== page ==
When Missouri residents realize that their expenses and debts are far outweighing their income and they no longer have the ability to make ends meet, they may find themselves considering filing for bankruptcy. Many people across the country choose this option as a way to get a fresh financial start and have debts discharged, depending on the category of bankruptcy they qualify for.
To qualify for debt forgiveness through Chapter 7 bankruptcy, the filer must pass the means test. A number of factors, such as a person’s income, expenses and family size, are looked into to determine if the filer has enough income to pay debts back. There are two parts to the test. The first part looks at where the household income falls in comparison with the state’s median income. While the test considers the last six months for this calculation, anyone with a change in income can present documentation to adjust the time period. If someone is below the median income, they have passed the means test and, in general, can file for Chapter 7 bankruptcy.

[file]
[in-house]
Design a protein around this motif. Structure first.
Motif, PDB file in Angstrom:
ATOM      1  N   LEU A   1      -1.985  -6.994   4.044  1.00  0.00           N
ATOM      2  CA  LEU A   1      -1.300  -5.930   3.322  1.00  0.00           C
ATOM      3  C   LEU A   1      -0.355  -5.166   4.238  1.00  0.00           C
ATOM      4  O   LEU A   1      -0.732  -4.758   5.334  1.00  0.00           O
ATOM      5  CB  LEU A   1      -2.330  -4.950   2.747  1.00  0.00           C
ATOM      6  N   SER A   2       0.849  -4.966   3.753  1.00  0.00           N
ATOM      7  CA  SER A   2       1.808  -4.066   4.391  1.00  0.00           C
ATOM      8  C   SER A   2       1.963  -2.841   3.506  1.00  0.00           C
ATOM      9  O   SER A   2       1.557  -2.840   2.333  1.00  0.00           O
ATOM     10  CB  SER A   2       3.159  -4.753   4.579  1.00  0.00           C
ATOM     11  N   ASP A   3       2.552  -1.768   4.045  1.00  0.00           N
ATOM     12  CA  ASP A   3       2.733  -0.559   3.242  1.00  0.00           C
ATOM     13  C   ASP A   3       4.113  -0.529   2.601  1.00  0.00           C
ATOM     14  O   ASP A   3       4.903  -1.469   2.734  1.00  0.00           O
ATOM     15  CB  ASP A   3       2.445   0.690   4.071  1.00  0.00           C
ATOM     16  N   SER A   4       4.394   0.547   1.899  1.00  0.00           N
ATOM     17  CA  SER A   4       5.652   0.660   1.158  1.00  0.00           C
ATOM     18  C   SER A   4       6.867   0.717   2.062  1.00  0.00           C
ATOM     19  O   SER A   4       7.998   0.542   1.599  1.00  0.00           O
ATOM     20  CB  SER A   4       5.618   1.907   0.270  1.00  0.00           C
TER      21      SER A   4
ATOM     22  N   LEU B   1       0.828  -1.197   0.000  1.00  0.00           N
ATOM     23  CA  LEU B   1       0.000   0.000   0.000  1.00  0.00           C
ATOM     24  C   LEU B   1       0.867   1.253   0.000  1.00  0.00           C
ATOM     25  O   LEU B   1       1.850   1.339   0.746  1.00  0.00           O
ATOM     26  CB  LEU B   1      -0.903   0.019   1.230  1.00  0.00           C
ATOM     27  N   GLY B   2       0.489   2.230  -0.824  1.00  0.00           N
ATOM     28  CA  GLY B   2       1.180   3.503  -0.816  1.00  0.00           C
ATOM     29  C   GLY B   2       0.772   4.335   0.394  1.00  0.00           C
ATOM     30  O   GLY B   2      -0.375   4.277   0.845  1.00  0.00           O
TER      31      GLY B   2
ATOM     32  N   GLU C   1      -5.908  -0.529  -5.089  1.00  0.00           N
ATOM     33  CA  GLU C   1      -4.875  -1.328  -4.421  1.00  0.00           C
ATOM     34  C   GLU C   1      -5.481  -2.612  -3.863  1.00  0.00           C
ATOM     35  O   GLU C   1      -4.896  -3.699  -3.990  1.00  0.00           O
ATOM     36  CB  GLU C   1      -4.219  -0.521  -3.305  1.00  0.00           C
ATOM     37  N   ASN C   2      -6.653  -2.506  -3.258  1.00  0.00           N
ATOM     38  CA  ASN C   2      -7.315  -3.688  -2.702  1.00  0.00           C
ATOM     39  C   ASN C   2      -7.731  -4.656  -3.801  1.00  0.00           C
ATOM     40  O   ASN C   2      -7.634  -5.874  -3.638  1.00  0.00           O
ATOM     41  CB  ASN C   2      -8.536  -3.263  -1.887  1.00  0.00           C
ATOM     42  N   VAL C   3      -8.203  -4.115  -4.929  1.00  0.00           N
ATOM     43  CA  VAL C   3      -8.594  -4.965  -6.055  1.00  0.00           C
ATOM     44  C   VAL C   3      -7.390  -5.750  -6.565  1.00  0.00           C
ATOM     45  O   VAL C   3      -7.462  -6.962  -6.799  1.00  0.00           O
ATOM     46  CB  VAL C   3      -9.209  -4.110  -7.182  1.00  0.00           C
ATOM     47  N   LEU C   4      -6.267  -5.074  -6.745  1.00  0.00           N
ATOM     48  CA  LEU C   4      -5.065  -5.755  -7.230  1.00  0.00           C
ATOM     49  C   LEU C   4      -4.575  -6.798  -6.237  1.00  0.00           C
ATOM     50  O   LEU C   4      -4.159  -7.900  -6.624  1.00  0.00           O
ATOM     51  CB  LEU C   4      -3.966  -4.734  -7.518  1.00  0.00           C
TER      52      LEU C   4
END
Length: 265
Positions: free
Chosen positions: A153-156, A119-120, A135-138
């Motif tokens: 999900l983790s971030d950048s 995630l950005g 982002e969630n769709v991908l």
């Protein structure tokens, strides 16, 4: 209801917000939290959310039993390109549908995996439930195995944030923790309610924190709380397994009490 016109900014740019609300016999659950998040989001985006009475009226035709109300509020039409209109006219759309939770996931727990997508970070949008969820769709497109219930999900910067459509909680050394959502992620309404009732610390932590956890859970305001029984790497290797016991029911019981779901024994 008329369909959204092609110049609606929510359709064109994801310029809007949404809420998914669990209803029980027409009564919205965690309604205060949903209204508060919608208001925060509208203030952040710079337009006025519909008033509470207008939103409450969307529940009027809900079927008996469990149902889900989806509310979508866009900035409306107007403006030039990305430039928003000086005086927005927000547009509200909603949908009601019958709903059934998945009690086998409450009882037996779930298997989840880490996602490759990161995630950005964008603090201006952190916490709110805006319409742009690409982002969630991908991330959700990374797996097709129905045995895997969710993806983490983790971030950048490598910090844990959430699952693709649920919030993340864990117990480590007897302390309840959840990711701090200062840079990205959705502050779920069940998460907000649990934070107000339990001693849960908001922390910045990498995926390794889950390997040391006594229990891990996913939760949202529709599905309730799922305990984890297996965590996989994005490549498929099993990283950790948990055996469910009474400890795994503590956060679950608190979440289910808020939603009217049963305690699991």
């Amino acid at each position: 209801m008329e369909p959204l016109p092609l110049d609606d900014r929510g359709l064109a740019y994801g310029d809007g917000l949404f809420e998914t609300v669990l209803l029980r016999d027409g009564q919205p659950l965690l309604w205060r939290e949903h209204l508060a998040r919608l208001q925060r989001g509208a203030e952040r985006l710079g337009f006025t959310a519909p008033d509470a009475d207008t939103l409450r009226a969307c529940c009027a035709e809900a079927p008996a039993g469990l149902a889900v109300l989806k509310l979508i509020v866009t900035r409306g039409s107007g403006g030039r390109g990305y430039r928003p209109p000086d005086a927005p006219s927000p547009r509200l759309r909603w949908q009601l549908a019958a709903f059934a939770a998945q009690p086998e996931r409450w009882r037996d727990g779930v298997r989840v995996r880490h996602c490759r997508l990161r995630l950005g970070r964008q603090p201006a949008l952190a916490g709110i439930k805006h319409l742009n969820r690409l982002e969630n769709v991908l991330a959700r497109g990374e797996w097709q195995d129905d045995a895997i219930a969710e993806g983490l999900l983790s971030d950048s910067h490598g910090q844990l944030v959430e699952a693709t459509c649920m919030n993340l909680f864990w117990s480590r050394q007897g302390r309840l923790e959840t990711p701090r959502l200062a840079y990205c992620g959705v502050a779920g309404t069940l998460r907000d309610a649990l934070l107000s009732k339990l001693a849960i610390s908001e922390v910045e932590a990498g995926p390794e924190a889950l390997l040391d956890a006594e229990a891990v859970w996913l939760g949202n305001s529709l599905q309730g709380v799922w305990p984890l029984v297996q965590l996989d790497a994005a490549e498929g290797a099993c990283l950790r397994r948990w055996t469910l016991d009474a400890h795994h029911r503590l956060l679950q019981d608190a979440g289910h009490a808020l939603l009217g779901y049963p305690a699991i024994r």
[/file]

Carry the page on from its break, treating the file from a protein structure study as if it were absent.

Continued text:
However, not everyone passes the means test. Those who do not qualify for Chapter 7 may still qualify for Chapter 13 bankruptcy. For this part, documentation for all expenses in the last six months must be presented. This includes, grocery, clothing, medical expenses and rent. The money left after paying off allowable expenses would be the amount of money that can be used towards paying debts. If someone’s disposable income comes out as low at this point, that person could still qualify for Chapter 7 bankruptcy. Otherwise, allowable expenses is the portion of the test that calculates the repayment plan the debtor will be following in a Chapter 13 bankruptcy.